I think that Thorium as the fertile in addition to U238 could improve the burn-up significantly and maintain reactivity for a much longer fuel cycle. 232Th has twice the capture thermal cross section of 238U so it will convert twice as quickly.


Quote:
The quest for higher power densities has led to the unintended consequence that accidents can happen very quickly. I think the LFTR strategy of higher temperatures, high power densities, and complex, continuous processing to maximize breeding is naive.


Moliterno,


Yes thorium can increase burn up but the "effective" cross section of thorium is almost identical to uranium in a PWR spectrum (U238 absorbs epithermal neutrons much more than Th). The Radkowsky Seed and Blanket method appears to have just about an identical U235 content as a PWR core because of this.

I won't debate your opinion that LFTR sucks, that is your opinion. The only thing I'll point out is that Molten Salt Reactors can take many forms so be careful with your blanket statements. Most designs are much lower power density than PWRs and some do not employ continuous fission product removal beyond diverting Xenon and Krypton that bubble out. PWRs and new innovations like NuScale would be a welcome alternative to more coal plants but a big hurdle is their large capital costs. Yes, we can't prove it yet as research funding is almost non-existent but all indications point a substantial ability for MSRs to drop capital costs.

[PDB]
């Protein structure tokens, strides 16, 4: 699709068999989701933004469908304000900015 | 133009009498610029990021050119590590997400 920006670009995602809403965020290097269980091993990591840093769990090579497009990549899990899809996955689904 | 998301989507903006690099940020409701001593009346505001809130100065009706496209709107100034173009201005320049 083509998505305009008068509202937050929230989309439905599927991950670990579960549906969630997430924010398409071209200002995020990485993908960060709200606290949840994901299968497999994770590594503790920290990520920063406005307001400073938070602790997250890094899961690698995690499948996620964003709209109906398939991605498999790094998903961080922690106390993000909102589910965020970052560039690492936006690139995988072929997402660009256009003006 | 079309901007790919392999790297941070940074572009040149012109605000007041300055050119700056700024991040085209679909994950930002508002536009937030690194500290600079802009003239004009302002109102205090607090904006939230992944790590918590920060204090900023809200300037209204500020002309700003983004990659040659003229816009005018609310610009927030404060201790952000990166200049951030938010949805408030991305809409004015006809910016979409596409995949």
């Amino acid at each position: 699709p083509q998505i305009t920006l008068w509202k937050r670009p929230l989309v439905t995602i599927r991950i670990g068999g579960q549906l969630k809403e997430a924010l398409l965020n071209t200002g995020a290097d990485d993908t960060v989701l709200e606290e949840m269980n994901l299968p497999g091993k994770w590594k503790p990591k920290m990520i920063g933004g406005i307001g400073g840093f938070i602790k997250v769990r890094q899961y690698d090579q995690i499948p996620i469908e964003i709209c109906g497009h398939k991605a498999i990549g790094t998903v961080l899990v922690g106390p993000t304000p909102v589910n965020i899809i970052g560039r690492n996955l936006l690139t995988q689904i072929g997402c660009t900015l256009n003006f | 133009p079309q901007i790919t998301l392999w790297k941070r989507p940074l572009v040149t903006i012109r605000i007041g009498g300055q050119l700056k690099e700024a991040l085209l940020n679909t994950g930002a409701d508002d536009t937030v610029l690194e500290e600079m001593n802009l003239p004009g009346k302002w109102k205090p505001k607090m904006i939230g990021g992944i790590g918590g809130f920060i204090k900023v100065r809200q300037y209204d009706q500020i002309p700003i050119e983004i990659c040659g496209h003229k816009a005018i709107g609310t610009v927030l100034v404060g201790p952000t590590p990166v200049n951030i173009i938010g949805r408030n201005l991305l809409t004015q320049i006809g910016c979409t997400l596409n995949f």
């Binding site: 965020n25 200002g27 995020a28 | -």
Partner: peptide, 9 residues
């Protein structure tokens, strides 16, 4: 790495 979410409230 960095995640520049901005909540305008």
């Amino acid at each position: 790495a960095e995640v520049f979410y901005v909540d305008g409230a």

David LeBlanc


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PostPosted: Sep 13, 2010 9:22 am 
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Enriching to 20% will increase the SWU's 44% versus typical 4% enrichment at typical tails concentration. Since you only use 90% of the uranium, the SWU's increase 30% overall. With current enrichment costs about equal to uranium costs, the total fuel cost impact will be less than 10% increase. If the fuel loading can be rearranged to lengthen the refueling cycle or eliminate it, this cost increase can be easily justified. I believe a lower power density core that does not need shuffling or on-site refueling could drastically lower overall cost. The additional first cost and interest cost of fuel that lasts 10 years instead of 5 would be more than offset by increasing availability by 5% and reducing refueling costs by 80%.